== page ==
The improved fluid mixing device of the present invention overcomes the limitations noted in the prior device. The improved fluid mixing device may be formed directly in the sample injection cell and, more particularly, may replace the mixing chamber found in the prior art sample injection cell. In accordance with the present invention, the improved fluid mixing device includes a mixing chamber having a cylindrical side wall, end walls and a major axis parallel to and coaxial with the cylindrical side wall. A first fluid conduit joins the mixing chamber at a first fluid port formed in one of the end walls. A second fluid conduit joins the mixing chamber at a second fluid port, the second port being formed in the cylindrical side wall. The second fluid conduit and second fluid port are offset with respect to the major axis to direct a fluid flow from the second conduit through the second port generally along the side wall and around the major axis of the mixing chamber, creating a swirling action within the mixing chamber. A third fluid conduit joins the mixing chamber at a third port in the other end and serves as an exit conduit for the fluids mixed in the mixing chamber.
In the embodiment of the invention disclosed herein, the mixing chamber may form a first stage of a mixing device or configuration. A second stage includes positioning the third port off-center in the second end and generally aligning the third fluid conduit with the major axis. Yet a third stage of the mixing device or configuration disclosed herein may include a fourth conduit intersecting the third conduit. Center lines of the third and fourth conduits are offset and do not intersect.
In as preferred form of the invention, the second conduit is offset at less than a tangent with respect to the mixing chamber. This causes fluid flow to be directed from the second conduit through the second port partially toward the internally extended portion of the first fluid conduit to thereby create a turbulent swirling action.
In overall effect, the improved fluid mixing device of the present invention thoroughly and completely mixes the two streams of inlet fluids. When used in the sample injection cell of the automated clinical chemistry system described above, the improved mixing results in more consistent performance and better average precision in the measurement of electrolytes.
FIG. 1 is an overall exterior view of a sample injection cell including an improved mixing device or configuration in accordance with the present invention as well as a sample probe.
FIG. 2 is an enlarged partial cross-section view of the improved fluid mixing configuration of the injection cell of FIG. 1.
FIG. 3 is a partial cross-section view taken along line 3--3 of FIG. 2 with the probe removed for clarity.
FIG. 4 is a partial cross-section view taken along line 4--4 of FIG. 2.
FIG. 5 is a partial cross-section view of a mixing chamber of a prior-art sample injection cell.
With reference to FIG. 1, a sample injection cell 10 may include an improved fluid mixing device or configuration 12 in accordance with the present invention. The sample injection cell 10 is generally a vertical cylinder and may be formed from cast acrylic. The cell 10 includes an upper portion 14 and a lower portion 16. The upper portion 14 includes an open end 18 and tapered surfaces 20 leading to a vertical central cylindrical bore 22. A horizontal conduit 24 leads to and is in communication with the bore 22. The lower portion 16 includes the mixing configuration 12 more particularly described with reference to FIGS. 2-4 below. The upper and lower portions 14 and 16 are joined by, for example, screws 26 (only one of which is shown in FIG. 1).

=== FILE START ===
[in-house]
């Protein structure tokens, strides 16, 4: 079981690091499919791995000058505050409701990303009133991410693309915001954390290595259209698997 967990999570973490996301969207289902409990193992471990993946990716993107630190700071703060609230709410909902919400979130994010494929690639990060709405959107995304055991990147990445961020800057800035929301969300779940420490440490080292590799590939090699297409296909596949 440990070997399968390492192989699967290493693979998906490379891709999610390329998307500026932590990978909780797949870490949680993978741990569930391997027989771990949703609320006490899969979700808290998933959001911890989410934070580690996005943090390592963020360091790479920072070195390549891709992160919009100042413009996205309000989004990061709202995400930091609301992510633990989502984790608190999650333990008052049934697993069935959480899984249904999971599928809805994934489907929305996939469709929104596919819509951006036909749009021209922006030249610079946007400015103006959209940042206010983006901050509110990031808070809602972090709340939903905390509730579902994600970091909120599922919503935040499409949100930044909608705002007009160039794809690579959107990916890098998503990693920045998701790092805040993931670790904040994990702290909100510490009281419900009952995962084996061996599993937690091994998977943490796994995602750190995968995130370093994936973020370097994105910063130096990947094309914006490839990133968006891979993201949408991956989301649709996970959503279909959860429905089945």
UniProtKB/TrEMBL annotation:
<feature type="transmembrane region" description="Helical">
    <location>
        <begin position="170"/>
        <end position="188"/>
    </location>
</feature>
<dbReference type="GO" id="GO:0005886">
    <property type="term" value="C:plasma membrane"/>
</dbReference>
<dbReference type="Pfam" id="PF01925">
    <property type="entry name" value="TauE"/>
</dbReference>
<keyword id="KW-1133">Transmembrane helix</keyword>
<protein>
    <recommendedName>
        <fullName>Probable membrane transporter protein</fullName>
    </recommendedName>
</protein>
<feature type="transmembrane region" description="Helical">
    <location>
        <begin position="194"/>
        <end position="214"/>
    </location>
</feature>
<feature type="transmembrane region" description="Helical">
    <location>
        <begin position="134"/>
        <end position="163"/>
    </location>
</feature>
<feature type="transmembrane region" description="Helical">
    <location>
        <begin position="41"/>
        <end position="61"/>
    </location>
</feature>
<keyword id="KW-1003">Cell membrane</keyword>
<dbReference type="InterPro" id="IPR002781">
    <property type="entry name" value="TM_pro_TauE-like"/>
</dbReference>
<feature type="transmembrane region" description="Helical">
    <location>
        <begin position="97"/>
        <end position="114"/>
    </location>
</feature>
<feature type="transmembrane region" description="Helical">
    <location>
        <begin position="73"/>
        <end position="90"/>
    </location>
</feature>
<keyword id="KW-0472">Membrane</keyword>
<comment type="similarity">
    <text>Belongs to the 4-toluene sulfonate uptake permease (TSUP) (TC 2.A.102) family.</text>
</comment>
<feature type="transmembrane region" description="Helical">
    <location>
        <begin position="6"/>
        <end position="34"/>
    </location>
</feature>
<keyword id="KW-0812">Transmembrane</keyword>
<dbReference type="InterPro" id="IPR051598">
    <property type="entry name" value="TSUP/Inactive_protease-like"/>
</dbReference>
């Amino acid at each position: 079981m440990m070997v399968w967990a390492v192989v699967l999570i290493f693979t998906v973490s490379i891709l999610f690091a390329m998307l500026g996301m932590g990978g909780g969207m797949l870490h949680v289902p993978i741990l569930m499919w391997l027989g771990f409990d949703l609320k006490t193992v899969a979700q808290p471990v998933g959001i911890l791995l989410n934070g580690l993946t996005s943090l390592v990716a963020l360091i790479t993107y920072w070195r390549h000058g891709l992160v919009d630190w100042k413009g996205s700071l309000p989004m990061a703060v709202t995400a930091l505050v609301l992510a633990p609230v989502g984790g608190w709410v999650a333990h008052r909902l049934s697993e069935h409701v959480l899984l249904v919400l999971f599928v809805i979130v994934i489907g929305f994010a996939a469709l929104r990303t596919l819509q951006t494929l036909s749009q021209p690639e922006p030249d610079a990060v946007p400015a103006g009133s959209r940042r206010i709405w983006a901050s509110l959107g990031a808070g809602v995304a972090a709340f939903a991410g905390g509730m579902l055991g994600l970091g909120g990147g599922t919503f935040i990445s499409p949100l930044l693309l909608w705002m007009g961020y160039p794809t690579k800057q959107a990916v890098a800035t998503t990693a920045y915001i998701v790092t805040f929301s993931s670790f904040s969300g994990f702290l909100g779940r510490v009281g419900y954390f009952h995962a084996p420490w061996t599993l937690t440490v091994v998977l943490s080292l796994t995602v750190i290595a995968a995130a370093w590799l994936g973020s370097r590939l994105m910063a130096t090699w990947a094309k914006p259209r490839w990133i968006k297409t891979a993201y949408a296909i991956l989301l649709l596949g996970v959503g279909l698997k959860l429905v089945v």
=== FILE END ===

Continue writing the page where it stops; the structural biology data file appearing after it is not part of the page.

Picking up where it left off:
A sample probe assembly 28 includes a fluid carrying conduit 30 which may be attached via a hose 32 to pumps, for example, for aspirating sample from sample containers (not shown) and discharging the aspirated sample into the cell 10. The probe assembly 28 includes an arm 33 connected to a probe assembly positioning device, all of which is well-known in the art. The probe assembly 28 and cell 10, but for the mixing configuration 12 of the present invention, may be as used in the prior art commercially available SYNCHRON CX®3 Clinical System described above and is otherwise well-known in the art.
Turning now to the improved fluid mixing device or configuration 12 as seen in FIG. 2, the configuration 12 includes a mixing chamber 34 having a cylindrical side wall 36 and upper and lower ends 38, 40, respectively. The cylindrical wall 36 of the mixing chamber 34 includes a major central coaxial axis 37. The axis 37 is inclined slightly with respect to vertical and, in the embodiment disclosed herein, is inclined approximately 8.5 degrees. The end 40 is perpendicular to the axis 37 and the upper end 38 is angled slightly from the axis 37 to be generally horizontal (as seen in FIG. 2). Particularly, the upper end 38 is angled about 81.5 degrees from the axis, bringing the end 38 to its generally horizontal position as just described.